I think SF will be making a major error of judgement if it takes a turn to the right with its economic program; and to use the excuse it is a nessety to do so, as its political opposition in the south will make hay out of its current economic policies is with respect laughable. Surly SF members have realized FF, FG ILP will use any means to discredit SF, if it is not its economic platform it will be something else . To let the like’s of these gombeen creatures set SF agenda by altering it platform to the right is pathetic and I hope the membership refuse to dance to FF etc tune.

    If this platform was good enough to fight a war under, to kill and be killed then what are SF members saying, because FF etc will make a bit of hay out of it it must be bined. PLEASE. Having said this, there is nothing wrong with SF dotting the i’s and crossing a few t’s, that is what any major party come election time should do. SF is either a left republican party or its nothing worth having IMO. For me it’s best option is to become a left reformist party, after all the pro neo-liberal, right of centre ground in the south is pretty crowded, there is no room at this particular inn for SF.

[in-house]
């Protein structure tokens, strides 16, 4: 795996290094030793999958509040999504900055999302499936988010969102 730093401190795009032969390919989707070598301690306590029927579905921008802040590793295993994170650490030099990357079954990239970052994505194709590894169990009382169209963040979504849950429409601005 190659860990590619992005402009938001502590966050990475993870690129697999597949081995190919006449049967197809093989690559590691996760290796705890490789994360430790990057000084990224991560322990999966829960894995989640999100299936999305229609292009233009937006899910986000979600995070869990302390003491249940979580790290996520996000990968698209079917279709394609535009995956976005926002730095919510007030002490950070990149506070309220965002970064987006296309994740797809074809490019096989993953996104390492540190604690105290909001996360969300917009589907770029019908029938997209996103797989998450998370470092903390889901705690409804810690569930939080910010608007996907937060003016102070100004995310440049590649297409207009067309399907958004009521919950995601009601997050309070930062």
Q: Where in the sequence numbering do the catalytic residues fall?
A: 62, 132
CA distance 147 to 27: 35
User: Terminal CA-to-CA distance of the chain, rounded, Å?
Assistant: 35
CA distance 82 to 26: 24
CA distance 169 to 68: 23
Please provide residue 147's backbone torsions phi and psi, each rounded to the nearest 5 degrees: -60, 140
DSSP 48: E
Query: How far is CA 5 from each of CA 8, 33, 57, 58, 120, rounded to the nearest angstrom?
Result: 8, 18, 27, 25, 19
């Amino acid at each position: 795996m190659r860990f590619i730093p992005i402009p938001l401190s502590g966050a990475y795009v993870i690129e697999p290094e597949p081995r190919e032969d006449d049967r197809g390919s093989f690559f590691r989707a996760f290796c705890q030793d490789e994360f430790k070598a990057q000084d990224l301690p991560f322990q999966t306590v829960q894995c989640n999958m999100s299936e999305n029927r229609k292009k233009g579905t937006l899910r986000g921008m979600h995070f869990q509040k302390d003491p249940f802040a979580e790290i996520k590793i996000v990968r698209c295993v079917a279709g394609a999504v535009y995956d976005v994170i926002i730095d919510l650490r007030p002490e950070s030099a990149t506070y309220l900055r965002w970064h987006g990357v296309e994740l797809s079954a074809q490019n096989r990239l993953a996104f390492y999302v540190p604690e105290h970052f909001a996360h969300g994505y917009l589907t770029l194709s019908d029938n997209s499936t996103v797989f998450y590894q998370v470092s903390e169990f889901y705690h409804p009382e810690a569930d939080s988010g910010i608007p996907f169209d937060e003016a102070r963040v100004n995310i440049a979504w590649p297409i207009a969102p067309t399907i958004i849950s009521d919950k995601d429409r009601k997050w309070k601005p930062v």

There are other issues here, SF was not set up as a vehicle to improve or maintain the life styles of members of the all ready comfortable middle classes, but to reunify the island and represent the dispossessed and working classes. Not to go before the electorate with a program of redistribution would be to betray all who have gone before.

  • Dave

    These are carbon copy Democratic Left policies.
    The provisionals have become the officials!

    It looks like the stickies won after all !!!

  • Bretagne

    Mickhall –

    Fair play to you defending your corner and your purer vision for republicanism – at least you’re not window dressing to keep people on board.

    Where I challenge you is that without a competitive economy you won’t have any working class – but you will in time have an unemployed and unemployable class – and any brutal assessment of the north workforce would class it as having a large number of unemployable people – lack of entreneurship and sponging from the British Exchequer over a generation has got us there.

    Manufacturing and farming are dying industries – so what used to be considered manual jobs are being replaced on the island by knowledge-based jobs – so is the son/daughter of a manual worker working a finance house in Dublin the new working class?